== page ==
Ex-MI5 head warns of anti-terror plan for universities

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image captionAt present universities and other bodies take part in the Prevent strategy on a voluntary basis

Government plans to give universities a legal duty to prevent people being radicalised could impact upon freedom of speech, a former MI5 head has said.

Baroness Manningham-Buller said plans to make the Prevent counter-terrorism strategy a statutory obligation risked banning "non-violent extremists" from speaking at universities.

She said such opinions need to be "exposed, challenged and countered".

Home Office minister Lord Bates said he would consider the matter further.

At present, colleges and other bodies take part in the government's Prevent strategy voluntarily.

The Home Office says the flagship strategy relies upon the co-operation of organisations to be effective, but says co-operation is "not consistent across the country".

Passing legislation to make the delivery of the strategy a legal requirement for some organisations would "improve the standard of work on the Prevent programme across the country", it said.

The proposed Counter-Terrorism and Security Bill would give legal duties to bodies such as local authorities and universities.

But speaking during a House of Lords debate on the bill, Baroness Manningham-Buller - who was head of the security service at the time of the 7/7 London bombings in 2005 - told peers the plan risked banning non-violent extremists from speaking at universities.

image captionBaroness Manningham-Buller warned about the proposed changes

"It is a profound irony in seeking to protect our values against this pernicious ideology we are trying to bar views too vaguely described as non-violent extremism, which falls short of incitement to violence or to racial or ethnic hatred or the other legislative constraints on universities," the independent peer said.

She said offensive and insulting opinions about the rule of law, democracy, civil society, and women's rights needed to be exposed, challenged and countered.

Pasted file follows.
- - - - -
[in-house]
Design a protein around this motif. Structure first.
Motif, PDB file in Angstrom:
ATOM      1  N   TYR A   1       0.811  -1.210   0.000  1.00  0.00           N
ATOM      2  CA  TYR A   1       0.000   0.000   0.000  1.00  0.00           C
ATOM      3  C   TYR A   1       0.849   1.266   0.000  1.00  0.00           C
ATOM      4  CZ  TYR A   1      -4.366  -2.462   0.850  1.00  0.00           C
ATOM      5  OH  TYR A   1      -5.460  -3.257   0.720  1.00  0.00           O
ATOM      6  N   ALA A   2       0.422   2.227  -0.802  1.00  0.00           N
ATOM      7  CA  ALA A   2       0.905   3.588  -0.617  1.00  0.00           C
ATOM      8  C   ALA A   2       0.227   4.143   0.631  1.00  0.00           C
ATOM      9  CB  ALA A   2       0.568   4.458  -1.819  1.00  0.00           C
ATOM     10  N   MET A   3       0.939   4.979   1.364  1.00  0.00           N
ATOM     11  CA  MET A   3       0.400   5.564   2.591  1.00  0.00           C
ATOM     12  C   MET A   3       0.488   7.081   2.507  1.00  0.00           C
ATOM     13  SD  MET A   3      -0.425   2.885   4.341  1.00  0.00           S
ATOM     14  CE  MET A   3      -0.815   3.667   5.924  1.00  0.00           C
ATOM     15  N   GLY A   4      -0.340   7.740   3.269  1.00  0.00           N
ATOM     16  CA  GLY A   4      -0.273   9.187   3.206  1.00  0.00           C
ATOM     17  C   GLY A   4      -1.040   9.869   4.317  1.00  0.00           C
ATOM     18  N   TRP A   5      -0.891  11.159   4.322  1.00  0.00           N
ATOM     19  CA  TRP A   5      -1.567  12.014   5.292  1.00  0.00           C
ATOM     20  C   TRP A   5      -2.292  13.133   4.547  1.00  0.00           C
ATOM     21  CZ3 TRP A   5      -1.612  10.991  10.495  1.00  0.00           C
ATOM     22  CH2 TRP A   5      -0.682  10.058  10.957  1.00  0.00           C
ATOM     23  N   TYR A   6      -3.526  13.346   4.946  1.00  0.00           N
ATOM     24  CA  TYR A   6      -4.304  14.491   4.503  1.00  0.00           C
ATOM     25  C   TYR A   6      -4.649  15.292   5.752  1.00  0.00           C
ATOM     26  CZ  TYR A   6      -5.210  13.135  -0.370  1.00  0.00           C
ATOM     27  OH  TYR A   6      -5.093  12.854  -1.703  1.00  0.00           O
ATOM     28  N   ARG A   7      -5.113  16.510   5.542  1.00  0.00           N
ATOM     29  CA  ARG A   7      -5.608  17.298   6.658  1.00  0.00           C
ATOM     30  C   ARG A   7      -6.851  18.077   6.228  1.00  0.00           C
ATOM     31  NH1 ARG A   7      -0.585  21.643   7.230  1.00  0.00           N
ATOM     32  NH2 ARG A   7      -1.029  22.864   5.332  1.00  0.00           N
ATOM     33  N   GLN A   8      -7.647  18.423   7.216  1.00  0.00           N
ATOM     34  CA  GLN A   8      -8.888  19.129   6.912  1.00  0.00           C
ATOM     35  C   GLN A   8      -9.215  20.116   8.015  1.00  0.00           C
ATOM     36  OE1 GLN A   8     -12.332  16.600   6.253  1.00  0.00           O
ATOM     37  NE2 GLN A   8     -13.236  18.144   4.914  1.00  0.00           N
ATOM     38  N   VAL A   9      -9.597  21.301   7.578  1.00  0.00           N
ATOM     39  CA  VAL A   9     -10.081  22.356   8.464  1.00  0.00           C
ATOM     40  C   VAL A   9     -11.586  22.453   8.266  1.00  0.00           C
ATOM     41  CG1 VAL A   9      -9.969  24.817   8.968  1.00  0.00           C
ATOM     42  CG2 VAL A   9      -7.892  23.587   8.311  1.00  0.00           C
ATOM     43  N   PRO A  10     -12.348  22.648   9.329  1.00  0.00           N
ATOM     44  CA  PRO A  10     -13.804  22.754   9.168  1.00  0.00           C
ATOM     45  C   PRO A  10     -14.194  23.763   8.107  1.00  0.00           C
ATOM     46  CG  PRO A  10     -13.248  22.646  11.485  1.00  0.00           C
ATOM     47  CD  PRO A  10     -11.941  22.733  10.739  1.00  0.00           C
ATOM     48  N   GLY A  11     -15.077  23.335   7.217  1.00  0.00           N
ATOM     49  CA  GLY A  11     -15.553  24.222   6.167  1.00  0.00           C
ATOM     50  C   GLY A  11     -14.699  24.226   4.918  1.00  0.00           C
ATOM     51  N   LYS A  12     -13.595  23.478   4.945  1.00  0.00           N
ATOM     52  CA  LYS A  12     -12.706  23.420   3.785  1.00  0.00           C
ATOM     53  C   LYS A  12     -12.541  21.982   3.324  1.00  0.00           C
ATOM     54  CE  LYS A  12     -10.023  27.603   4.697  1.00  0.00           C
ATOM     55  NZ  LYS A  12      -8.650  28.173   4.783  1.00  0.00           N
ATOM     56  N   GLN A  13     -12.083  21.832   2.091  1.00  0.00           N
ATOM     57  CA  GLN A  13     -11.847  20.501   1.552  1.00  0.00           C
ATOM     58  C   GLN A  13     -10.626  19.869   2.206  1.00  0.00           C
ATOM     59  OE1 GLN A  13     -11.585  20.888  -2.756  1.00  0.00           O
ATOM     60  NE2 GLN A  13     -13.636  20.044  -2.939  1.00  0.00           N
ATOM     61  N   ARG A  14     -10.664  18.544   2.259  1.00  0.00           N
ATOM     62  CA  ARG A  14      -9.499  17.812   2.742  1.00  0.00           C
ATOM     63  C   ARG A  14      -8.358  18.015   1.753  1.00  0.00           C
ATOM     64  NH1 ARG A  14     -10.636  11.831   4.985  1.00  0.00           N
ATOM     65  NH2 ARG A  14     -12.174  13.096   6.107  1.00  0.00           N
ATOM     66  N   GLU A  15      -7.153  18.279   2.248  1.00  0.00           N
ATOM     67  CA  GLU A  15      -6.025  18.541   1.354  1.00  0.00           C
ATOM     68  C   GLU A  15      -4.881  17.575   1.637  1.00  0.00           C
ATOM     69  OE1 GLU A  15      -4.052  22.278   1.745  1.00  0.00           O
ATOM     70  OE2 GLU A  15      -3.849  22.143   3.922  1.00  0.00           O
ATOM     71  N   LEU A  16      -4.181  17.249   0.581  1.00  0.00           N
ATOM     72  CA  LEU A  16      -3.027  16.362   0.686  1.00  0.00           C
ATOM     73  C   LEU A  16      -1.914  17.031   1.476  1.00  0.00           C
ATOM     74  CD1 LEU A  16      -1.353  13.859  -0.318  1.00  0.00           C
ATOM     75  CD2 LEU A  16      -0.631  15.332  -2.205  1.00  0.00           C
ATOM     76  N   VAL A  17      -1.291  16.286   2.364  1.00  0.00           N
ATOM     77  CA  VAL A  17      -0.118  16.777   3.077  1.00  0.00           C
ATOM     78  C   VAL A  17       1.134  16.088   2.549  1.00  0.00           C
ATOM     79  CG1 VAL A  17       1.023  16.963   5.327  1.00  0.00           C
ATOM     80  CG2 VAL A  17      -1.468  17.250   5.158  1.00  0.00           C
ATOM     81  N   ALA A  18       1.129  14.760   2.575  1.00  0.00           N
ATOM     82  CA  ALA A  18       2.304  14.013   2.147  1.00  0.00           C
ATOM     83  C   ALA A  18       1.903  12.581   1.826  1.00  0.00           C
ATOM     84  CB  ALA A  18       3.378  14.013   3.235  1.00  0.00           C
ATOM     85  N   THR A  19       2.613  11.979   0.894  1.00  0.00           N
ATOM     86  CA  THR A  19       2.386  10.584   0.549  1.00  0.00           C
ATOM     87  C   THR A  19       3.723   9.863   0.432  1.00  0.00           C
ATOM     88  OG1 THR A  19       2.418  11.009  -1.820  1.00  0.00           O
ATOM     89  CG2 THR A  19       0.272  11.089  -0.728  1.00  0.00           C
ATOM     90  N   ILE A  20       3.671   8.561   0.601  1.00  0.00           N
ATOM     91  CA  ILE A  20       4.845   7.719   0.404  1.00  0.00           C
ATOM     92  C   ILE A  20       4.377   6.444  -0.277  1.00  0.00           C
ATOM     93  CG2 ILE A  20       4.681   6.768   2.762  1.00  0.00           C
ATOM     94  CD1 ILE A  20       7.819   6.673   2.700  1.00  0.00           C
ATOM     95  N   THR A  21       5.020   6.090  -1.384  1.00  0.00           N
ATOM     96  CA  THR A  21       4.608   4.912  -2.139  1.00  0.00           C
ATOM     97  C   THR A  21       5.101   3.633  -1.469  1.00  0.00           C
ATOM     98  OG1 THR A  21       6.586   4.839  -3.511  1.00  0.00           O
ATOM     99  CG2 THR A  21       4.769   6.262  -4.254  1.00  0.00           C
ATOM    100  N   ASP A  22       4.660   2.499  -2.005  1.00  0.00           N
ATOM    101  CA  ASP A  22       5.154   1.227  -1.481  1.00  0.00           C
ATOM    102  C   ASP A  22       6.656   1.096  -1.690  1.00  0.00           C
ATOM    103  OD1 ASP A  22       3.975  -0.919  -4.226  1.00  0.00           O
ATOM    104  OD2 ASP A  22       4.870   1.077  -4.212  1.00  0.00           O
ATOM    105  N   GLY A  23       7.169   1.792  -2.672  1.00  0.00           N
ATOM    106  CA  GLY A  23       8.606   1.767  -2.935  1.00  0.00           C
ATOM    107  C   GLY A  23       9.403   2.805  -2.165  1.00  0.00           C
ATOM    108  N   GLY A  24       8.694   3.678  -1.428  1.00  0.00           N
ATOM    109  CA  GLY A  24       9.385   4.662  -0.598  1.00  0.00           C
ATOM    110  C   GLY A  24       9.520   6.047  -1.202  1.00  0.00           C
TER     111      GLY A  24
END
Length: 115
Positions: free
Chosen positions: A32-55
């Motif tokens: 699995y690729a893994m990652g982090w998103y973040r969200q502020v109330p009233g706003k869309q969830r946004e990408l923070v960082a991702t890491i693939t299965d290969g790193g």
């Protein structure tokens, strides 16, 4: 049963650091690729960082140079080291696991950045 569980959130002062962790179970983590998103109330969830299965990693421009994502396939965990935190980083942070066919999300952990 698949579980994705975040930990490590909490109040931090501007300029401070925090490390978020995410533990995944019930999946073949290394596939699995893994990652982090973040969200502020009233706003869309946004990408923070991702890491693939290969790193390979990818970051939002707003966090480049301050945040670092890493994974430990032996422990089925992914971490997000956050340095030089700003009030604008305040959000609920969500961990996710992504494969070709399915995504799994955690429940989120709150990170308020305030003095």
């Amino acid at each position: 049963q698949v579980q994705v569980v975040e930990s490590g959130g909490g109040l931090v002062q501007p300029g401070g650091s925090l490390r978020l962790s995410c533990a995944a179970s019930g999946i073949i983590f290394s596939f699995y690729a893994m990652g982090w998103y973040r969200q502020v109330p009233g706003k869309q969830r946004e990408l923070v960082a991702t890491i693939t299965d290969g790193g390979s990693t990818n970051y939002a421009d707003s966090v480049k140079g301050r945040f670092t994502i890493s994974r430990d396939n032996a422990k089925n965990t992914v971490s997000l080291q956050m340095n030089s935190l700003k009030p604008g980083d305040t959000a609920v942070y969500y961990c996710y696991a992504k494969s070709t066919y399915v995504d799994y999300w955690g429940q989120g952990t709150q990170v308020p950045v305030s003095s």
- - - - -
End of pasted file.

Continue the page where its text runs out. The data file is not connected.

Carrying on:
Other peers also voiced their concerns during the debate.

Liberal Democrat peer, Lord Macdonald of River Glaven - a former director of public prosecutions - said: "An institution that shouts down a speaker with unpopular views or bans arguments that cause offence is not really a university at all, it is an intellectual closed shop, and that is something very different and much less attractive."

'Strength of feeling'

Labour peer Baroness Kennedy of The Shaws - a leading QC and principal of Mansfield College, Oxford - said freedom of speech would be undermined by the legislation.

"To interfere with or to create a chilling effect is really something we should step back from," she said.

Tory peer, Lord Renfrew of Kaimsthorn - a former master of Jesus College, Cambridge - said free speech should be constrained "as little as possible" in universities.

"Very high principles are at stake here and at risk," he said.

Lord Bates said the government regarded it as important for universities to be included in the Bill.

Between 1999 and 2009, around 30% of people convicted of al-Qaeda-related terrorism offences had attended a higher education institution, he said.

"Freedom of speech is not an absolute. The duty is to secure freedom of speech within the law," he said

But he told peers he understood "the trepidations of many in this House and I have heard the strength of feeling on this matter".

He said he would discuss the proposal with ministerial colleagues "in order to identify whether it would be possible to provide some additional comfort to peers and to the education sector itself".

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